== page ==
While chemotherapy destroys many normal stem cells in the bone marrow, those that do survive now have ample space to resume normal and active development.
Complete remission is defined as less than 5% blasts in the bone marrow and no blasts circulating in the blood. In addition Platelets and normal WBCs must show evidence of recovery. Many patients experience a complete remission with this type of treatment regimen.
On day 28 of the Induction cycle another bone marrow biopsy will be performed. If the blasts are more than 5%, a second course of induction chemotherapy may be given.
Once complete remission is achieved, consolidation therapy is usually given to prevent relapse and to eradicate any residual or remaining leukaemic cells from the blood and bone marrow. This is necessary in order to achieve a permanent cure.
Without consolidation therapy, complete remission lasts only about 4 to 8 months. Consolidation therapy consists of further chemotherapy and/or stem cell transplantation (from bone marrow or blood).
A stem cell transplant is used to introduce healthy blood-producing cells into the patient’s marrow to restore the immune system and allow normal blood cell production.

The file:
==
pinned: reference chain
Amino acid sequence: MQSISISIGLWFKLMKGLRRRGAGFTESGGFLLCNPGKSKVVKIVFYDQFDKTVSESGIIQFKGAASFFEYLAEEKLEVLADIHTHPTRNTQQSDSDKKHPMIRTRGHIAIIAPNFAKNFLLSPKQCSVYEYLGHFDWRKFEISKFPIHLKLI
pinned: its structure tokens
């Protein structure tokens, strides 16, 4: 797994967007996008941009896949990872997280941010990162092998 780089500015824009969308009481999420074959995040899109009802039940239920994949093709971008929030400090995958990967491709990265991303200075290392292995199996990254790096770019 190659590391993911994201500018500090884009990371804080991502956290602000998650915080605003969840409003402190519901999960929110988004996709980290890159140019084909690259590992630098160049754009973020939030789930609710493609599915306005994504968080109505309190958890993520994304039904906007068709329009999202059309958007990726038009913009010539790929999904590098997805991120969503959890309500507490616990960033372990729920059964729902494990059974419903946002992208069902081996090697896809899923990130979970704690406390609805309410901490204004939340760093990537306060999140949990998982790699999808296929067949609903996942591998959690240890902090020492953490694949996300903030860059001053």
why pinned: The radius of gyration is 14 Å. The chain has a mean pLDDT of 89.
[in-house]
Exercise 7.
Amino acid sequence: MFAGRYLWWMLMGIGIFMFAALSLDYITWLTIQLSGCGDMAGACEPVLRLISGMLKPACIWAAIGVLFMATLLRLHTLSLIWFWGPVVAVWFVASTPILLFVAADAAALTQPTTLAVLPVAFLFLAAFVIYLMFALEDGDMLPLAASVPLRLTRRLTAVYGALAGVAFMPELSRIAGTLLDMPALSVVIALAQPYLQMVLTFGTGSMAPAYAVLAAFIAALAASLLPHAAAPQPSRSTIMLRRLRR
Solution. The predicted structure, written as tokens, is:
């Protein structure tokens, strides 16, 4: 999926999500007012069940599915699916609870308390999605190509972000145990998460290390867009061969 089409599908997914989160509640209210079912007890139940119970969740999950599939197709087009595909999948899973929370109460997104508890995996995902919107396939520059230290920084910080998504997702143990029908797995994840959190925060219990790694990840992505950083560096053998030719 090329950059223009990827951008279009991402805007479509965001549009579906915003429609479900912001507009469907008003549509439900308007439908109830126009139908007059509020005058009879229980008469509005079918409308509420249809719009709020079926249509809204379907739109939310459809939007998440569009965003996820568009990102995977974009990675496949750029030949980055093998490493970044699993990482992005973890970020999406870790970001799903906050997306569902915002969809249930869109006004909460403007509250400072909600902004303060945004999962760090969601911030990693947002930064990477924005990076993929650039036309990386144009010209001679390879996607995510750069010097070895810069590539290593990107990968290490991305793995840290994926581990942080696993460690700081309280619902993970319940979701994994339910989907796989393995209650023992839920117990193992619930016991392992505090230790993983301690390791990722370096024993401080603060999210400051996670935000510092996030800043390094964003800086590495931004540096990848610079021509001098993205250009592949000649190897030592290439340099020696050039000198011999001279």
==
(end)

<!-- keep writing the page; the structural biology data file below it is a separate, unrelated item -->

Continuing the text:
Treatment for patients who relapse
Although most patients with AML will achieve a remission, some will experience a relapse — a return of the disease. Relapse often occurs because the leukaemia cells have become resistant to drug treatment. However, bone marrow transplantation is a treatment option shown to prolong survival in many patients who have experienced a relapse.
AML treatment and the risk of infection
When chemotherapy is used to target and destroy fast-growing cancerous cells, it can also kill healthy cells, including the WBCs that protect the body against infection. WBCs are very important because they are continually on the lookout for signs of infection. When an invading organism does appear, the WBCs have a variety of ways by which they can attack.
When functioning normally, here is how several WBCs protect the body against infection:
- Neutrophils are the most abundant type of WBCs, and are the first to rush to the site of an infection and attack foreign antigens
- Monocytes mature into macrophages that act as scavengers to rid the body of worn-out cells and other debris. Macrophages also secrete a wide range of powerful chemicals that work to “activate” other immune system cells